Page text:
Pictures of migrants struggling to stay above water after their boat capsized (not from reported incident) | Photo: Reuters
Pictures of migrants struggling to stay above water after their boat capsized (not from reported incident) | Photo: Reuters

About 12 migrants are believed to be missing, feared drowned after a boat carrying more than 30 mostly sub-Saharan African migrants capsized off the Libyan coast on Saturday. 20 of those on the boat were rescued.

The boat carrying the sub-Saharan migrants bound for Europe capsized about "six nautical miles" off the coast of Libya, not far from the port of Zawiya, said a tweet in Italian from organization Alarm Phone.

The small wooden boat with "32 people on board," continued the tweet, was found by fishermen who managed to save 20 of those on board. "12 more are missing," the survivors told the organization.

"The Libyan coastguard was not present," said Alarm Phone, even though it is "being paid by the EU to patrol the coasts to prevent people fleeing," tweeted the distress hotline. Alarm Phone said that they had been told there were two children among those missing.

'We are angry at this continual loss of life'

"The relatives of those on board have our sympathies and solidarity," read another tweet from the organization. "Let's stop these deaths at Europe's borders, #BlackLivesMatter in the Med too!" it wrote. "We are angry at this continual loss of life."

Earlier, the organization said that they had informed the coast guards in Malta and Italy of the accident and that both organizations "refused to offer any information" about whether or not they were searching for the missing.

On Saturday, Alarm Phone said they were originally informed about the shipwreck by a relative of someone said to be on board. Safa Msehli, formerly of the International Organization for Migration (IOM) in Libya and now with IOM in Geneva, confirmed reports of the shipwreck on Twitter, saying the information she had received was "credible."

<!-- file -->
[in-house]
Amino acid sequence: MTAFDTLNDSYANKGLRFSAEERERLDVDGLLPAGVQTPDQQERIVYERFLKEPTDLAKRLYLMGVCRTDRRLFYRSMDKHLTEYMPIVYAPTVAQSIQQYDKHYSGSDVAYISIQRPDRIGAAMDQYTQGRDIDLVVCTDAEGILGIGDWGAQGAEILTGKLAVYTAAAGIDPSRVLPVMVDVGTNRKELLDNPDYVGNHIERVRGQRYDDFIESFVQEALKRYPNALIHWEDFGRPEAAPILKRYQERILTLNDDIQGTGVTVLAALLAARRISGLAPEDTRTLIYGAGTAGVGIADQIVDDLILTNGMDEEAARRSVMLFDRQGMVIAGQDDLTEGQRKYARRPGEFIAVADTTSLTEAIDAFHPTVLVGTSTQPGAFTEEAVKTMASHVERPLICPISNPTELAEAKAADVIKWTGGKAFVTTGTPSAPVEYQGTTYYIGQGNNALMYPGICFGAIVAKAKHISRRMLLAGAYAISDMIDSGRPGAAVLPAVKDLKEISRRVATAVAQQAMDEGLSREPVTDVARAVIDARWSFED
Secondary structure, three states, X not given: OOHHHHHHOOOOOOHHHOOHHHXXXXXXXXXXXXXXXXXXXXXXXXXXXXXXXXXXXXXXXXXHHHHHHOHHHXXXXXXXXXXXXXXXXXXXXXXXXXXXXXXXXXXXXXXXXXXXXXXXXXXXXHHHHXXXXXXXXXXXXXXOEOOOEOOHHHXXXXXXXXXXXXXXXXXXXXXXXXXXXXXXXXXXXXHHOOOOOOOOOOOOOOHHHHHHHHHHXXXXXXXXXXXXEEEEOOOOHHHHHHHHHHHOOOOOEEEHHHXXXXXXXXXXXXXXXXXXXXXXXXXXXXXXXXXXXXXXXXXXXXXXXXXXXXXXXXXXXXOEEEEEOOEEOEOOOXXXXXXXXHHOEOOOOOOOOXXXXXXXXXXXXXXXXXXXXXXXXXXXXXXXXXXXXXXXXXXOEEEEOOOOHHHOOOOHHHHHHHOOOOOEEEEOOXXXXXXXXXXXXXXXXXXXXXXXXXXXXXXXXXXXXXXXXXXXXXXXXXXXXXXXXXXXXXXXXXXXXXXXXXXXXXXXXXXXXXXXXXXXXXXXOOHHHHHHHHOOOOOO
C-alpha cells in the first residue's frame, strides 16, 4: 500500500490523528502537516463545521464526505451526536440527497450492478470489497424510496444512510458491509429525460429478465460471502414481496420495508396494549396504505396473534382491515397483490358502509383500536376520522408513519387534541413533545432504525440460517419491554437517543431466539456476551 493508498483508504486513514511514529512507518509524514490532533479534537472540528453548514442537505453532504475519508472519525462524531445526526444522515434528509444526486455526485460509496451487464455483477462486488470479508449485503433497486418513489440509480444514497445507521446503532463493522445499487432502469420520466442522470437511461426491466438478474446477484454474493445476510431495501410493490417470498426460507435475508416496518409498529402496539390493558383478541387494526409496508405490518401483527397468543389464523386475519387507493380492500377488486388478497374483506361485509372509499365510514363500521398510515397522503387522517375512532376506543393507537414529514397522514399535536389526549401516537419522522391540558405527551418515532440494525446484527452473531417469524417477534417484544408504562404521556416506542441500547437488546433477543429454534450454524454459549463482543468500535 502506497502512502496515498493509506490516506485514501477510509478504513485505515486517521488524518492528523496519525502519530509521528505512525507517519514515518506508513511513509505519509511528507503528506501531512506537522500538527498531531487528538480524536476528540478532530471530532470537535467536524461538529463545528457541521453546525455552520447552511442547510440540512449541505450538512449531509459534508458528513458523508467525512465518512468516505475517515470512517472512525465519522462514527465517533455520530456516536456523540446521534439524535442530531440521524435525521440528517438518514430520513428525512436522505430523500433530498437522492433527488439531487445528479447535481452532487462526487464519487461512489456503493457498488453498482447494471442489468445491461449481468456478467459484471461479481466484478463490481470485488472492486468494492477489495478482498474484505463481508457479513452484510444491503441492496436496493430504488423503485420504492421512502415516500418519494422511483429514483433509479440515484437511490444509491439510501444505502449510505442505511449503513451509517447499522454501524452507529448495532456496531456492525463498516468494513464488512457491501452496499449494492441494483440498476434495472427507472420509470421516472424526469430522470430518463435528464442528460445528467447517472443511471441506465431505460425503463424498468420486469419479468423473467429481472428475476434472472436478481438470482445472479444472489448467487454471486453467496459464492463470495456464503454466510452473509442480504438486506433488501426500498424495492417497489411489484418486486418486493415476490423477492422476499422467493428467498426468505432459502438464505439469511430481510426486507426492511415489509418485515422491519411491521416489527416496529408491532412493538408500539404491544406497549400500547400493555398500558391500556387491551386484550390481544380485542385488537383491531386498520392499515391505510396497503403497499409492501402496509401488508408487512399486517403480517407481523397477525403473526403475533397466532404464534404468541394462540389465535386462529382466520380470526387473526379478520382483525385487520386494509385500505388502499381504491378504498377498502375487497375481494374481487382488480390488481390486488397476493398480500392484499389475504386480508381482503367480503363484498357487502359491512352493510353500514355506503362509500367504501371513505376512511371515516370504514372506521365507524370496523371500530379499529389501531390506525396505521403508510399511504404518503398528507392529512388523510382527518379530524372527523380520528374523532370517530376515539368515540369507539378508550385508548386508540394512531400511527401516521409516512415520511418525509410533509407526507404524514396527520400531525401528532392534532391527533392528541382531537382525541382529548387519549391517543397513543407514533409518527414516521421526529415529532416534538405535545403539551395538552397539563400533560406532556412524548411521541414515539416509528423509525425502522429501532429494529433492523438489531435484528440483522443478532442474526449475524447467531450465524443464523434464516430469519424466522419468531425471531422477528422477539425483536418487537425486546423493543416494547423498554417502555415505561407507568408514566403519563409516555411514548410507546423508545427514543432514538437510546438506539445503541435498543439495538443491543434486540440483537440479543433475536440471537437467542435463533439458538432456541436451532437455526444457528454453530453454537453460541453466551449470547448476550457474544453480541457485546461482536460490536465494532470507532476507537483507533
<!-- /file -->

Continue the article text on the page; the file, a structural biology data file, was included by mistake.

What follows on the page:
Still searching?

Msehli said the agency was following up on information about the search operation. She later tweeted the news agency AP report about the incident, captioning it "more lives lost in the Mediterranean, trying to flee the misery, abuse and widespread human rights violations in Libya."

Among those 20 rescued and "returned to Libya" according to the news agency AP were migrants from Chad, Nigeria, Sudan, and Egypt. Msehli told AP that the migrants on board "had no life jackets," and that the boat had been in "poor condition," before capsizing.

In March, the IOM said that deaths in the Mediterranean of those hoping to reach Europe were estimated to have "passed the grim milestone of 20,000 since 2014." International organizations like UNHCR and IOM repeatedly say that migrants should not be returned to Libya, since it cannot be classified as a place of safety.

Nevertheless, returns to Libya happen regularly; both via the so-called Libyan coast guard, which patrols the waters along the coast, and via private vessels who pick up migrants en route in the Libyan search and rescue zone.

In the past few years, the EU has sent considerable funds to the so-called Libyan coast guard to support it in its work in an attempt to reduce the numbers of arrivals of migrants coming from Libya, and hoping to reach the Italian and Maltese coasts. A policy which has been criticized by humanitarian organizations.

 

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